afraid to speak out.” Gibbons is policy and legislative
counsel for Defending Rights & Dissent. Contact him at
(202) 529-4225; Chip@RightsAndDissent.org

4. ==> BTS – The Scary State of Schools Today

When it comes to the state of public schools, retired
elementary school principal Susan Colton says it’s
impossible to avoid comparisons to George Orwell’s
“1984.” For example, she will say, “Imagine a world
where schools are separated by the belief systems of
the families whose children attend their neighborhood
school. The students are taught only about what the
government and the parents want them to know. There may
be no science, or history or creative arts, or children
that come from foreign countries and speak languages
other than English.” She’ll explain the precedents for
these developments including current laws that could
lead to anyone in the community dictating removal of
objectionable material in the curriculum (think climate
change science) and to more schools being operated by
for-profit corporations whose standards are anything
but child-friendly. The author of the upcoming book
“Principal’s Passion: A Quest for Quality Public
Education,” Colton was principal of two elementary
schools. She was named a National Distinguished
Principal during her 22 years holding that position.
Contact her at (954) 786-8220 or scolton@bellsouth.net

5. ==> Nat Geo’s Animal ER Doc

Nat Geo WILD’s series Animal ER goes behind the scenes
at Gulf Coast Veterinary Specialists in Houston, Texas
to follow cases on the cutting edge of veterinary care.
It’s one of the most respected — and busiest — animal
hospitals in the world, with more than 200 staff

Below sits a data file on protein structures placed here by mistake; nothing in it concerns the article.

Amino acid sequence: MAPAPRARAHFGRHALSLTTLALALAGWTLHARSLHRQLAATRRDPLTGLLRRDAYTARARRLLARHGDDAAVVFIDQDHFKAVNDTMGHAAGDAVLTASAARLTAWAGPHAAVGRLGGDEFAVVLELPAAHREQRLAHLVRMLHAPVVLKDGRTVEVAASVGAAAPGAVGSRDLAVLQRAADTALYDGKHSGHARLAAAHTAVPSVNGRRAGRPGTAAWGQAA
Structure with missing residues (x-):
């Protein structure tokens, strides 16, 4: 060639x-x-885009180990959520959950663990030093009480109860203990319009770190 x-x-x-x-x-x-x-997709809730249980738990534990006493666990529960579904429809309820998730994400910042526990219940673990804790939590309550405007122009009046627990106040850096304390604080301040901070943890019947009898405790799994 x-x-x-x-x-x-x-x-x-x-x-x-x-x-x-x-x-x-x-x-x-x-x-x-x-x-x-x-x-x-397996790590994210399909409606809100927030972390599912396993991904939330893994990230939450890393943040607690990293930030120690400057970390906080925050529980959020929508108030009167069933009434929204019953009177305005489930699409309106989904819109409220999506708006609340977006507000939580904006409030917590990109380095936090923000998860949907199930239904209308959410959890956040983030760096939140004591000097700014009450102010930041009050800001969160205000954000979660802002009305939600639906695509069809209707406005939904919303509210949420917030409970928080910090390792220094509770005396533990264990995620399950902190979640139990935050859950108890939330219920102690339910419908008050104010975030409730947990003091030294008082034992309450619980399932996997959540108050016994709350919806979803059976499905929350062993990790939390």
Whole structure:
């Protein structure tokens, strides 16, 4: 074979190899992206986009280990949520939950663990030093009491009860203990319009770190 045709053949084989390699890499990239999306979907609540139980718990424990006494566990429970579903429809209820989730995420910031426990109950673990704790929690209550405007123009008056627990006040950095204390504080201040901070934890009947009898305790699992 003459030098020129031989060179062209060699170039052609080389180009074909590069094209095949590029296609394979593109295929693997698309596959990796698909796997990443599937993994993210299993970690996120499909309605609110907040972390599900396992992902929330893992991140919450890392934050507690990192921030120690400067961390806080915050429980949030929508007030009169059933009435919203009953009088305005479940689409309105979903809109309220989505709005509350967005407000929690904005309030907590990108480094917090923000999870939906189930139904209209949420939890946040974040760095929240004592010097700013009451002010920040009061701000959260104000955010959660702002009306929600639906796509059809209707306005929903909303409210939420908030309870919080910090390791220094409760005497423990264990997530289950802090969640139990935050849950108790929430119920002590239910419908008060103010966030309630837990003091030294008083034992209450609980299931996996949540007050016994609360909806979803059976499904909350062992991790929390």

treating over 50,000 patients a year. Invite Dr. Brian
Beale to talk about the show and the fascinating
stories behind the scenes. Dr. Beale is a partner and
orthopedic whose patients range from household pets to
exotic animals. He performs 10 to 20 surgeries a week,
hosts a weekly radio show about pet health, lectures
around the world, and is an adjunct professor at the
Texas A&M College of Veterinary Medicine. Season 2 of
Animal ER premieres this Saturday and takes viewers
through the Critical Care, Dermatology, Cardiology, and
Ophthalmology wings of the hospital. Contact Johanna
Ramos-Boyer at (703) 646-5137.

6. ==> Feel Good Show – National Dog Day!

This Saturday, Aug. 26th is National Dog Day, a day set
aside to celebrate everything wonderful about the dogs
in our lives who love us unconditionally, are so happy
to see us when we come home, protect us, make us better
people and extend our lives. National Dog Day also
reminds us that many of our wet-nosed friends are
patiently waiting in shelters for their forever homes.
Bring Carlyn Montes De Oca on your show for an
unabashed celebration of everything dog including five
ways that adopting a dog can help you live longer.
Carlyn is the author of the award-winning “Dog as My
Doctor, Cat as My Nurse: An Animal Lover’s Guide to a
Healthy, Happy and Extraordinary Life.” She is also the
founder of The Animal-Human Health Connection, which
focuses on bringing awareness to the many powerful ways
that animals enhance human health, happiness, and
longevity. Reach her at (415) 306-1853 or

7. ==> How to Stay Safe when A Protest Turns Dangerous

In the current political atmosphere being caught even
in a peaceful protest may be dangerous, says Chris
Bird. The former commissioned officer in the Royal
Military Police of the British Army, former crime
reporter and author of “Surviving a Mass Killer
Rampage” says protests can quickly turn into riots as
happened recently in Charlottesville, Va. Bring Bird on
your show to outline the dangers of protests, the
importance of situational awareness and what you can do
if you find yourself caught in an unfolding riot. A
sample of his advice: ”If you see large groups of
protesters, drive off or walk off without drawing
attention to yourself. If unable to do so, head for law